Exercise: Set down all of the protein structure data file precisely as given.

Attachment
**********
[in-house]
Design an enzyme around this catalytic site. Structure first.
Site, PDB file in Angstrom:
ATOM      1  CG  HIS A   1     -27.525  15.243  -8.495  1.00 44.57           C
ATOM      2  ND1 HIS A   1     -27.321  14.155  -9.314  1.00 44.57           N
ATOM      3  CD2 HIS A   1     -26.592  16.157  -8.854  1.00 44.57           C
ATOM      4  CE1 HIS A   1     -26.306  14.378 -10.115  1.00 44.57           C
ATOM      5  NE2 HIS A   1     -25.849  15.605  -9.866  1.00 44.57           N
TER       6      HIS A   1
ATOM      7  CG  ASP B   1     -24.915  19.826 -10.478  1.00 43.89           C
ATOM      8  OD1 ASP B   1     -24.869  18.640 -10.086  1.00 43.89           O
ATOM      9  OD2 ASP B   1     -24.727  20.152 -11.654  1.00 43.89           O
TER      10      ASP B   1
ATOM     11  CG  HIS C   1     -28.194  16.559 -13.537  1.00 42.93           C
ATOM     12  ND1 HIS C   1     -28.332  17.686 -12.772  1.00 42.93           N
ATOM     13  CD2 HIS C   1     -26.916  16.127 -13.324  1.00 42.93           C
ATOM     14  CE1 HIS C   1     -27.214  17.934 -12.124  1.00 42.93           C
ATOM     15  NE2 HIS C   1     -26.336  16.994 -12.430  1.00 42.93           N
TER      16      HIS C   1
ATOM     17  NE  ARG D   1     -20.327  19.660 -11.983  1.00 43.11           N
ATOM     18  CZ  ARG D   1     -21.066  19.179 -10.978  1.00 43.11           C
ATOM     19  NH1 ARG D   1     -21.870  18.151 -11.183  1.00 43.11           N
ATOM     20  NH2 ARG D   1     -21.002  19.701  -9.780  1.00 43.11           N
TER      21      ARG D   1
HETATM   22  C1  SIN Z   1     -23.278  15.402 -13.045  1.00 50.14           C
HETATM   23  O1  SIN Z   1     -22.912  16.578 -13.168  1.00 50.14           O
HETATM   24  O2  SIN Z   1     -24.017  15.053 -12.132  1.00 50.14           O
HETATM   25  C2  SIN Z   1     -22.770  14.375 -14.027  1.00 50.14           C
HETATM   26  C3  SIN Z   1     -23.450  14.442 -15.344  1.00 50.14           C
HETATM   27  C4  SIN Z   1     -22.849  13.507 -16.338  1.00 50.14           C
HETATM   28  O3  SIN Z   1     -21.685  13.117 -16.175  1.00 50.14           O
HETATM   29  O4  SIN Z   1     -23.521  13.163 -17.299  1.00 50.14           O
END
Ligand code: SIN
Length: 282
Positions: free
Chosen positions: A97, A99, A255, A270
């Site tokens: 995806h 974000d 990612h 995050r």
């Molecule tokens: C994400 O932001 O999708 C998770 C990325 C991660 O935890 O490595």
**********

[in-house]
Design an enzyme around this catalytic site. Structure first.
Site, PDB file in Angstrom:
ATOM      1  CG  HIS A   1     -27.525  15.243  -8.495  1.00 44.57           C
ATOM      2  ND1 HIS A   1     -27.321  14.155  -9.314  1.00 44.57           N
ATOM      3  CD2 HIS A   1     -26.592  16.157  -8.854  1.00 44.57           C
ATOM      4  CE1 HIS A   1     -26.306  14.378 -10.115  1.00 44.57           C
ATOM      5  NE2 HIS A   1     -25.849  15.605  -9.866  1.00 44.57           N
TER       6      HIS A   1
ATOM      7  CG  ASP B   1     -24.915  19.826 -10.478  1.00 43.89           C
ATOM      8  OD1 ASP B   1     -24.869  18.640 -10.086  1.00 43.89           O
ATOM      9  OD2 ASP B   1     -24.727  20.152 -11.654  1.00 43.89           O
TER      10      ASP B   1
ATOM     11  CG  HIS C   1     -28.194  16.559 -13.537  1.00 42.93           C
ATOM     12  ND1 HIS C   1     -28.332  17.686 -12.772  1.00 42.93           N
ATOM     13  CD2 HIS C   1     -26.916  16.127 -13.324  1.00 42.93           C
ATOM     14  CE1 HIS C   1     -27.214  17.934 -12.124  1.00 42.93           C
ATOM     15  NE2 HIS C   1     -26.336  16.994 -12.430  1.00 42.93           N
TER      16      HIS C   1
ATOM     17  NE  ARG D   1     -20.327  19.660 -11.983  1.00 43.11           N
ATOM     18  CZ  ARG D   1     -21.066  19.179 -10.978  1.00 43.11           C
ATOM     19  NH1 ARG D   1     -21.870  18.151 -11.183  1.00 43.11           N
ATOM     20  NH2 ARG D   1     -21.002  19.701  -9.780  1.00 43.11           N
TER      21      ARG D   1
HETATM   22  C1  SIN Z   1     -23.278  15.402 -13.045  1.00 50.14           C
HETATM   23  O1  SIN Z   1     -22.912  16.578 -13.168  1.00 50.14           O
HETATM   24  O2  SIN Z   1     -24.017  15.053 -12.132  1.00 50.14           O
HETATM   25  C2  SIN Z   1     -22.770  14.375 -14.027  1.00 50.14           C
HETATM   26  C3  SIN Z   1     -23.450  14.442 -15.344  1.00 50.14           C
HETATM   27  C4  SIN Z   1     -22.849  13.507 -16.338  1.00 50.14           C
HETATM   28  O3  SIN Z   1     -21.685  13.117 -16.175  1.00 50.14           O
HETATM   29  O4  SIN Z   1     -23.521  13.163 -17.299  1.00 50.14           O
END
Ligand code: SIN
Length: 282
Positions: free
Chosen positions: A97, A99, A255, A270
């Site tokens: 995806h 974000d 990612h 995050r």
């Molecule tokens: C994400 O932001 O999708 C998770 C990325 C991660 O935890 O490595």